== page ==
The world has changed. Traditional approaches used to set the level of program wide credit enhancement (PWCE) for ABCP programs fall short of quantifying the true default risk associated with such portfolios. These approaches such as the fixed percentage approach for multiseller ABCP programs or the obligor or security coverage approach for securities-backed programs, do not take into account many important portfolio characteristics that affect the portfolio default risk. Specifically, they do not fully account for the subtle portfolio characteristics such as asset type, correlaton, and rating distribution among other factors when determining the PWCE level. To address these factors, Fitch employs a VECTOR CP analysis for the securities backed and multi-seller ABCP programs it rates on a monthly basis and when evaluating new transactions to be included in the program to determine the default risk for a given ABCP portfolio.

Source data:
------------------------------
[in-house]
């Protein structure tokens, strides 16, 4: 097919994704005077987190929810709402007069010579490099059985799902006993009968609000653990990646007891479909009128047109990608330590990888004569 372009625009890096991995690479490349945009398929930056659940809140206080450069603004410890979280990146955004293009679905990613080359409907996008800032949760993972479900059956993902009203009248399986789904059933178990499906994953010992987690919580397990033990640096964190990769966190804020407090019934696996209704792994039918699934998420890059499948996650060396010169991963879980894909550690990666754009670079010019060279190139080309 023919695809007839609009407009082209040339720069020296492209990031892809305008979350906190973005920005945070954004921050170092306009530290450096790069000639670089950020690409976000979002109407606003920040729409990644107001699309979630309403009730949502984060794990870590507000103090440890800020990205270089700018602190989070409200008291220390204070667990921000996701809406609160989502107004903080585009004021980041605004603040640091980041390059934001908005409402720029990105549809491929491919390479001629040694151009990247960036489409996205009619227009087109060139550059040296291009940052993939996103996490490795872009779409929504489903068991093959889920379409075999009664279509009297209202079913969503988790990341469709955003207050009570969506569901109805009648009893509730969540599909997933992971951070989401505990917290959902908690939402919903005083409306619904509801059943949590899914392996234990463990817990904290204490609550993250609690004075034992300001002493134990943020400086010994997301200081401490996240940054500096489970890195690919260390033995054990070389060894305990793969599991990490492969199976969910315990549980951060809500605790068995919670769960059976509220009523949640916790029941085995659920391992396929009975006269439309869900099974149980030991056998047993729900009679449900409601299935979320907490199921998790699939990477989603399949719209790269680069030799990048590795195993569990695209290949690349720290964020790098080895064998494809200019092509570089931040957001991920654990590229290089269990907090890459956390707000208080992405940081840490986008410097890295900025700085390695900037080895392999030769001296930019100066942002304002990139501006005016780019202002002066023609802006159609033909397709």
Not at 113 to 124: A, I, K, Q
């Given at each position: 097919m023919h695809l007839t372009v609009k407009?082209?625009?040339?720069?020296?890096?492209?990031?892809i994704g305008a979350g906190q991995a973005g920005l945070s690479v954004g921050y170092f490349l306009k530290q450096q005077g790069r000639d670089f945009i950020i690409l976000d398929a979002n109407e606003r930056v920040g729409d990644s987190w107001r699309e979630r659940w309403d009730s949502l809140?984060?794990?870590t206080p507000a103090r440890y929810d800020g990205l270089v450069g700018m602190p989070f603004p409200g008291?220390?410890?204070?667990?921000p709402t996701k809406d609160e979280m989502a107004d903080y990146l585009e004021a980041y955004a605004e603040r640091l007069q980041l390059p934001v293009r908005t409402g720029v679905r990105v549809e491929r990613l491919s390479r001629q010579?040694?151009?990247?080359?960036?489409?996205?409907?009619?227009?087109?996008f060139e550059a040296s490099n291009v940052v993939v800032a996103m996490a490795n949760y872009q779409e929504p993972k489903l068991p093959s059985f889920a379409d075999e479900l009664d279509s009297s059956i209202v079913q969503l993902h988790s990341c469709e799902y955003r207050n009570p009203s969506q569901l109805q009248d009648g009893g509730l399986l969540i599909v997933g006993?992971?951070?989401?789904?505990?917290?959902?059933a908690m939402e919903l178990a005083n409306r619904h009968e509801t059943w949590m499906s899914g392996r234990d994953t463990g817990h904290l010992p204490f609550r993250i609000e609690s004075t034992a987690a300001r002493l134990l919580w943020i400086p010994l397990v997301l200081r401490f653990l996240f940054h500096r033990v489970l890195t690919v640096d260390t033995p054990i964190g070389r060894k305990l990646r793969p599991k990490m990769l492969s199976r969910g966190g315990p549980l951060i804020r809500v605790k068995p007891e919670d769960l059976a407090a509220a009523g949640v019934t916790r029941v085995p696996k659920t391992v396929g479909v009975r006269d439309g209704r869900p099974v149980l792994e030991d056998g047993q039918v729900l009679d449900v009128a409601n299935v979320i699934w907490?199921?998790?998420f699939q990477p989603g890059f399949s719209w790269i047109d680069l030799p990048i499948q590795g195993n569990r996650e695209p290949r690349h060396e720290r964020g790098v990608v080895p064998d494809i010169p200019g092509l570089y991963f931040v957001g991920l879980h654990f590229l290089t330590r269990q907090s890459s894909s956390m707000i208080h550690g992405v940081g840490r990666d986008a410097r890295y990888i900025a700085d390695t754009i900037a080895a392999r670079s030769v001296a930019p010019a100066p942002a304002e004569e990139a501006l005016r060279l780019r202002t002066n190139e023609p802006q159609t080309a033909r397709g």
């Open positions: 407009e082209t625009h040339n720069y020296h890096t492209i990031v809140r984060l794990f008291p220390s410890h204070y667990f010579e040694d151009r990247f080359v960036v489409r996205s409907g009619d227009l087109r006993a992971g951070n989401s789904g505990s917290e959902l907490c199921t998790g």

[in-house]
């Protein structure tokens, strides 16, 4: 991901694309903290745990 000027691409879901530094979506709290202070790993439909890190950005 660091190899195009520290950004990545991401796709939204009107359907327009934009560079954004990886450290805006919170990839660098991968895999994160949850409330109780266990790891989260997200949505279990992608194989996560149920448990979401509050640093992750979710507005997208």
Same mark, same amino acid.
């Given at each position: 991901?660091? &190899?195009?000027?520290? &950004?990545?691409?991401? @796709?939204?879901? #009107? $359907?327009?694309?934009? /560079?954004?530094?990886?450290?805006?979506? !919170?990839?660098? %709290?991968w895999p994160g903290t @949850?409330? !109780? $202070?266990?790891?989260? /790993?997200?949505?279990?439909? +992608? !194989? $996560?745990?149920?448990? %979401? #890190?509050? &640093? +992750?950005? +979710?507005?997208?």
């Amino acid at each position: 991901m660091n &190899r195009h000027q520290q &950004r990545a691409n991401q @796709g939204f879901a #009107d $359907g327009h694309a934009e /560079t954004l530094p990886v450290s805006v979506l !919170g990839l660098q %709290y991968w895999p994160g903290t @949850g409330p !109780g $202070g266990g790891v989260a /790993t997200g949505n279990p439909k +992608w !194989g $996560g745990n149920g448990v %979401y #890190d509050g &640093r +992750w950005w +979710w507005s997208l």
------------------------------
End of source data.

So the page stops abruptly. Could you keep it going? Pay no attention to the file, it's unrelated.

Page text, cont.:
When Fitch reviews a transaction being funded in a conduit, less focus is given to whether or not the individual transaction is "commensurate" with the rating of CP. Analyzing CP risk based on the merits of the individual transaction on a standalone basis does not fully account for the true risk. On the one end, even if each additional transaction is structured to be commensurate with the CP rating, first to default risk increases as more assets are combined into a portfolio, and the credit risk of the portfolio may not be commensurate with the CP rating. On the other end, even if a transaction is not structured to a credit quality commensurate with the CP rating, the level of PWCE may be sufficient to support the CP rating when the whole portfolio is analyzed. Because VECTOR CP is able to quantify the risk at the portfolio level, Fitch determines standalone ratings for each individual security or transaction and incorporates them into the simulation. The simulation results determine whether the ABCP rating can be confirmed or not.